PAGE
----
Cold pragmatists might sneer at the Giants' pricey commitment to a 29-year-old whose right arm has lost its prodigious magic and who continues to figure out what that means for him in every outing. After all, the Giants could have suppressed the market for him by making a qualifying offer of about $14 million after the World Series, forcing competing bidders into draft-pick forfeiture if they signed Lincecum.

Why didn't they take that route? As a practical matter, they needed a third established starter in the fold, aside from Matt Cain and Madison Bumgarner, and the rest of the free-agent pool for starting pitchers runs pretty shallow. They had more time to do the deal, but instead of prolonging the negotiations, they finished up the day before the start of the World Series, making a statement both in the dollar figure and the timing.

Lincecum is still their guy. 

He accepted the offer because the money probably couldn't be topped (although somebody might have given him a third year) and because the sentiment flows both ways. He still remembers how he was treated in San Francisco after a 2009 misdemeanor pot-possession charge. On the road, he'd take flak. Two Cy Young Awards probably helped insulate him at home, but he believed that he benefited from more than his fame. 

"This city is pretty open with its acknowledgment of weed or marijuana, and they thought it was, I wouldn't say funny, but it's a kid being a kid. Kids mess up," he said. "They didn't go right to judgment: 'What the hell's he thinking?' And I got that even when I was walking around the city. People didn't give you that awkward look."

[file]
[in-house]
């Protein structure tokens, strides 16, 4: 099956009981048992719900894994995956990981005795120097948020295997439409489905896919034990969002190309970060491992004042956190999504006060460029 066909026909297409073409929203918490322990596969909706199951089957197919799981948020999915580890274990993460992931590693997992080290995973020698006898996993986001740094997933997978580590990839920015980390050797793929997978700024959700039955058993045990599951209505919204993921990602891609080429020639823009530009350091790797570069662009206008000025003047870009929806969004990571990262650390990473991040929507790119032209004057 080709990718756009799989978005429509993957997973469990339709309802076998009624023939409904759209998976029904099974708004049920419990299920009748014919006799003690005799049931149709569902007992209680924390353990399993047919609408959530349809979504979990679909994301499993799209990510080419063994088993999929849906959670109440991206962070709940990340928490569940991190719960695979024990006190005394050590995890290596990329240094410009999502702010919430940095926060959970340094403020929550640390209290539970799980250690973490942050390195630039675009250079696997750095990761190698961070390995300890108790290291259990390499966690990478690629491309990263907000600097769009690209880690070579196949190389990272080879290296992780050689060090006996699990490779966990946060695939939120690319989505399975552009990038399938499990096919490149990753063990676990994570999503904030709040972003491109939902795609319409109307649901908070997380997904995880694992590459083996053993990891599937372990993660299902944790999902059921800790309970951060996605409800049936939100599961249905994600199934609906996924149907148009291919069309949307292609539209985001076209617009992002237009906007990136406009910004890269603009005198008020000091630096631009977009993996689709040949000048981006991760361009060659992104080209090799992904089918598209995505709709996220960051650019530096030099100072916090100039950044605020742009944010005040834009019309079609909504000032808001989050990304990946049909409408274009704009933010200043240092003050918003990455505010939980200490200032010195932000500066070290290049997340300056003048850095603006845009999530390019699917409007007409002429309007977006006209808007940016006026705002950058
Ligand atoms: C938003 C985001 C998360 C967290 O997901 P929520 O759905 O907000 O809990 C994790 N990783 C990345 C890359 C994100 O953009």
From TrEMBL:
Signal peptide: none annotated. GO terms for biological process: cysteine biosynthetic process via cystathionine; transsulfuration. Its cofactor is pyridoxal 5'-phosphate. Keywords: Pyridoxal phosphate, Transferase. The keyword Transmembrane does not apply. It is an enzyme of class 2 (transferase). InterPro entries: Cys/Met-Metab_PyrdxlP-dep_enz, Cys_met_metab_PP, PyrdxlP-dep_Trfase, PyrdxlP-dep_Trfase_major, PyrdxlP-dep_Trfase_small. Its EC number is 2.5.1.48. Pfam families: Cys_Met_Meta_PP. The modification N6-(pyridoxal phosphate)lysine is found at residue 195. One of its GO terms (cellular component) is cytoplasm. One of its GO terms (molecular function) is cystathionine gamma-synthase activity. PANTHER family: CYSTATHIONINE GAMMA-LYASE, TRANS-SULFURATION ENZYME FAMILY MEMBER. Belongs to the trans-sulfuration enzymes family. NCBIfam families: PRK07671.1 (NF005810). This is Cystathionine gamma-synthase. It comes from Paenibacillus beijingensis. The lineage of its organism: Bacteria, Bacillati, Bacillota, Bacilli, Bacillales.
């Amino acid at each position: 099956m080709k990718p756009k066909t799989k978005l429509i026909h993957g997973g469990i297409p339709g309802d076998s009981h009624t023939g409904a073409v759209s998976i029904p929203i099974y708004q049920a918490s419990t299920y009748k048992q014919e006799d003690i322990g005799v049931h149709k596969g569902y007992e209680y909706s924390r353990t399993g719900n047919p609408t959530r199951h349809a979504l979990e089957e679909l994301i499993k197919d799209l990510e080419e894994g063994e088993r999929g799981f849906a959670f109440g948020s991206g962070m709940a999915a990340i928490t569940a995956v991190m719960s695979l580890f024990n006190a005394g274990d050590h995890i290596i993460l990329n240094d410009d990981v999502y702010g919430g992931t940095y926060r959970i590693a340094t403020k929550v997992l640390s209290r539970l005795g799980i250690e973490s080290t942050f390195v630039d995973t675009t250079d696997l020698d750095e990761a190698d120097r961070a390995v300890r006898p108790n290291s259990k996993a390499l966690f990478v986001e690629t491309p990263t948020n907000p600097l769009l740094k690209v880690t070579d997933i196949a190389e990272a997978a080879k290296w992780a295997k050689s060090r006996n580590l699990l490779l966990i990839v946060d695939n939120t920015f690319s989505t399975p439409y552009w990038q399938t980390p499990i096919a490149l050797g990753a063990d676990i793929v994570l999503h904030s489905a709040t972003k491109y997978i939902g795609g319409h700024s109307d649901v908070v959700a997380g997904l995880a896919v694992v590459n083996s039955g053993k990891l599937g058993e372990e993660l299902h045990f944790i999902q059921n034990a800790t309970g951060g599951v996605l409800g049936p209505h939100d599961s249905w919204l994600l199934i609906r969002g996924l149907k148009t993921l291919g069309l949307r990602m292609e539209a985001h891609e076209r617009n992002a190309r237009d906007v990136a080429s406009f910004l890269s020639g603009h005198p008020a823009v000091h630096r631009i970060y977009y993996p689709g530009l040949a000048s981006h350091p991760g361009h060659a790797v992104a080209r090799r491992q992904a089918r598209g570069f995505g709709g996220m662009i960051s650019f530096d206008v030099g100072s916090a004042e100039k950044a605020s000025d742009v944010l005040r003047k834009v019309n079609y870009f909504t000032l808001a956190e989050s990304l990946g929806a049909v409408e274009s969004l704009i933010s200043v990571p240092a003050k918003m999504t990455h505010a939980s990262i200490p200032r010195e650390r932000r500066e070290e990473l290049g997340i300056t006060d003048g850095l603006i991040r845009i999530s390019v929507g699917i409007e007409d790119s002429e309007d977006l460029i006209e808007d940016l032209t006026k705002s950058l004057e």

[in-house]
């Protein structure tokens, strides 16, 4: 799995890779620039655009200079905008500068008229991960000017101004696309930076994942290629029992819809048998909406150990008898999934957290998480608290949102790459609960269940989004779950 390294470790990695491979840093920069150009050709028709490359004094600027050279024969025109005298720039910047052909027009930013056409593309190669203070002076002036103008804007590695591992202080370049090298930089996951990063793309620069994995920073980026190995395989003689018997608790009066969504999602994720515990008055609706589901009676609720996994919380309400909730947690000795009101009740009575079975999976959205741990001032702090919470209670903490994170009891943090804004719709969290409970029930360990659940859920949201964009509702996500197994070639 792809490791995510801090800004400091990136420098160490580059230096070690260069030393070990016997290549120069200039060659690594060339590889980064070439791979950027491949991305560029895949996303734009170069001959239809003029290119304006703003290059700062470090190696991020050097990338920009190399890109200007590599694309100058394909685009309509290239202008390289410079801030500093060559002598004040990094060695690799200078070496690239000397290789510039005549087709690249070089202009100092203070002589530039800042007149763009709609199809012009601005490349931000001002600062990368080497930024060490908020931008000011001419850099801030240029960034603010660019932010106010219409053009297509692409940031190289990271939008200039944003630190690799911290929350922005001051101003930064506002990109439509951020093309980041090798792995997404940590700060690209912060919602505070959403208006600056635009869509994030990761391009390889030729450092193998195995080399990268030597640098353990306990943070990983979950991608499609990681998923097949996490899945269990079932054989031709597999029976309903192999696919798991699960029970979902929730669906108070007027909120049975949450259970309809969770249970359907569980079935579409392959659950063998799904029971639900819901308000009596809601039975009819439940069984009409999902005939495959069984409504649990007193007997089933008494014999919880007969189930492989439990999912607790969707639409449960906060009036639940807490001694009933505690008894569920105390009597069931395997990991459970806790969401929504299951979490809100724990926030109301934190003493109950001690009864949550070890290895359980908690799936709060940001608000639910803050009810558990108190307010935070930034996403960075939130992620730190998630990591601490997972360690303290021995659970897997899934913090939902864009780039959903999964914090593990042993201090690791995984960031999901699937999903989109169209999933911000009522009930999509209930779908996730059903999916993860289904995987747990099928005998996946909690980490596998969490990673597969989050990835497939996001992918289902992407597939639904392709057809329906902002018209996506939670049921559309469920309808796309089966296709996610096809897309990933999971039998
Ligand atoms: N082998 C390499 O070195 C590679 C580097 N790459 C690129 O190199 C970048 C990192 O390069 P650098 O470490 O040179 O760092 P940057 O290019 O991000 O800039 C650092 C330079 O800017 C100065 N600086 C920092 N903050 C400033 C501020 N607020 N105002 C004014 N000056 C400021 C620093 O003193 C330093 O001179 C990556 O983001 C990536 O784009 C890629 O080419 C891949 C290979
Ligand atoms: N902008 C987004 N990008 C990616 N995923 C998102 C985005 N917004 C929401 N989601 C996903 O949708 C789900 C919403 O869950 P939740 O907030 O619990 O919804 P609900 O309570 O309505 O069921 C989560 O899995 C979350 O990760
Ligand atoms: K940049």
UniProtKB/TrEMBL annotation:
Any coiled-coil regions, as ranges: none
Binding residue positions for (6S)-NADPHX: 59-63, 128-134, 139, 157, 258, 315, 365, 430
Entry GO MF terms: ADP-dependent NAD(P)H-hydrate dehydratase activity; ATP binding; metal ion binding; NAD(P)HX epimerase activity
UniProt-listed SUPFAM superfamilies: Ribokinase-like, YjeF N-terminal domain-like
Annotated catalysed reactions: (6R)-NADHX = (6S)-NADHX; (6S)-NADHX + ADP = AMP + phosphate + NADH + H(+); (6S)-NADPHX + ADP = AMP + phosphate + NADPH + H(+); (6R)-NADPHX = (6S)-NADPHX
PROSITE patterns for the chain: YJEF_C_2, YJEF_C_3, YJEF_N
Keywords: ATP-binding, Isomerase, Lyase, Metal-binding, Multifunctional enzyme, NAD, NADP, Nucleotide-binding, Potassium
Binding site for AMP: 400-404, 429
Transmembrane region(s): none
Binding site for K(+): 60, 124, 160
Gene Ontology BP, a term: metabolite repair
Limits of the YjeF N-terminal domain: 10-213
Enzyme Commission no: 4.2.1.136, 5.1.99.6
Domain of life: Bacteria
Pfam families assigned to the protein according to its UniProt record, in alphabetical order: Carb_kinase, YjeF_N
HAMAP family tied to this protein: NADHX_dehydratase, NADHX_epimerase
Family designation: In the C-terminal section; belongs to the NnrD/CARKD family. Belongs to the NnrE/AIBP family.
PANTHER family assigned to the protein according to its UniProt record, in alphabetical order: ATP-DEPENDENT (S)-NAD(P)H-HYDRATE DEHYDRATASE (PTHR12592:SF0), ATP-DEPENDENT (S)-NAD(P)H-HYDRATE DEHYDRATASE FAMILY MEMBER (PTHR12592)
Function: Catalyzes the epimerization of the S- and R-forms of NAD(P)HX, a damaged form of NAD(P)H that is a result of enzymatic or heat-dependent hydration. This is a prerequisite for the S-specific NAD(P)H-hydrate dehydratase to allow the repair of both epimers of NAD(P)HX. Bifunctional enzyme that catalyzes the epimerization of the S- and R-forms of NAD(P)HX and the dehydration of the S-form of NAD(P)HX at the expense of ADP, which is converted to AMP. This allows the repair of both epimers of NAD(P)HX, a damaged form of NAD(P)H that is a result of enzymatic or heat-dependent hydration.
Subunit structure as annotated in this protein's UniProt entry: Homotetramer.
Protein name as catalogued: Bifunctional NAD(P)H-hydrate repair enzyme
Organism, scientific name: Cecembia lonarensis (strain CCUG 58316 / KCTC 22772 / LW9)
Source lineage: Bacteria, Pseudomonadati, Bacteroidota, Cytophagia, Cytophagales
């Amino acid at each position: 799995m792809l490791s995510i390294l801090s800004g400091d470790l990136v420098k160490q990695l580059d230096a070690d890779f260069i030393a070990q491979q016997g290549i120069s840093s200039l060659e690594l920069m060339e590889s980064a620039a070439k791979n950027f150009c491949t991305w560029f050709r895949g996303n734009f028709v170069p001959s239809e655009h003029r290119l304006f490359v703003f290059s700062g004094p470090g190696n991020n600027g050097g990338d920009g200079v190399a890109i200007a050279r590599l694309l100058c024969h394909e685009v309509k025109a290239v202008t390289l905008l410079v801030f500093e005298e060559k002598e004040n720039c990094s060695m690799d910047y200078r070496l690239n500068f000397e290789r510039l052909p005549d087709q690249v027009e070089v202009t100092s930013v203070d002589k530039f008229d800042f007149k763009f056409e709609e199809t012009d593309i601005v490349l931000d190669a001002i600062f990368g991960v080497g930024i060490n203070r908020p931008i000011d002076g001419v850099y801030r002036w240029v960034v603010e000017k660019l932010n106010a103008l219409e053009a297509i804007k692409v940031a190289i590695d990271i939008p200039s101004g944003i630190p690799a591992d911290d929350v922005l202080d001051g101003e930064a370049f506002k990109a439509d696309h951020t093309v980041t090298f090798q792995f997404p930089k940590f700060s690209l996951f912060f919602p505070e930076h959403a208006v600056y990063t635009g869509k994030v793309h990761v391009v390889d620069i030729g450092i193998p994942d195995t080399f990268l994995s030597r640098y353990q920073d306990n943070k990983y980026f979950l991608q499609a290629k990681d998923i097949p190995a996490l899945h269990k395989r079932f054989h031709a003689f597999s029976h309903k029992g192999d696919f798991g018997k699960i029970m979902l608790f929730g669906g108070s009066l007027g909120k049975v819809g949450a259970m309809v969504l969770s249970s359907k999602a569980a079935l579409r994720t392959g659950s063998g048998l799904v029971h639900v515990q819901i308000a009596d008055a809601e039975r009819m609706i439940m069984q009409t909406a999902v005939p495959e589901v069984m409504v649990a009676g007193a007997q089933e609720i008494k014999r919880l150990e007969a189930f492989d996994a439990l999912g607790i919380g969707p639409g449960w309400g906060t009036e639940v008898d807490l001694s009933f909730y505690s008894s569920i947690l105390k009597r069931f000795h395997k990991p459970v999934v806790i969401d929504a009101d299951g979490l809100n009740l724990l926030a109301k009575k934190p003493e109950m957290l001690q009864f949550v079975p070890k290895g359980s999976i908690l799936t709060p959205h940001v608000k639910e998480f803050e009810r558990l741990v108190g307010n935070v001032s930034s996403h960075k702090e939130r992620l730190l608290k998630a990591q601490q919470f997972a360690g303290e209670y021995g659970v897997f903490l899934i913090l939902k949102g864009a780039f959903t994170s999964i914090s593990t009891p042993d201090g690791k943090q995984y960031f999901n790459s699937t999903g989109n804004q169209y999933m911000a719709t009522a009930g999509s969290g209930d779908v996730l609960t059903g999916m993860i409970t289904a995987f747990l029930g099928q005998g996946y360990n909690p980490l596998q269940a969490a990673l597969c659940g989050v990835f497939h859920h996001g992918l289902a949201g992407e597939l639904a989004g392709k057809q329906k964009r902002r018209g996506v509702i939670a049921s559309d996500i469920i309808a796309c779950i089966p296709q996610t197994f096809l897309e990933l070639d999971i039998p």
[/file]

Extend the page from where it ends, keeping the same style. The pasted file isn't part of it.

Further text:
Street vendors began selling T-shirts that read: "Let Timmy Smoke." He understood that parents had a right to expect him to set a better example, but he couldn't help appreciating this unusual brand of support. 

Lincecum owns one of the shirts. "I got a fan to throw it to me in the car," he said.

At his final start in September, fans brought signs imploring him, and his 4.76 ERA over the last two years, to return to the Giants. The pragmatists either kept their peace or didn't buy tickets that night. After the game, Lincecum finished off his interviews by addressing fans via a video camera aimed at him by a reporter from the Mission Local, a neighborhood news site. 

"I know I haven't been the easiest guy to support these last couple of years," he said, "but you guys have stuck with me, and I appreciate that. So thank you."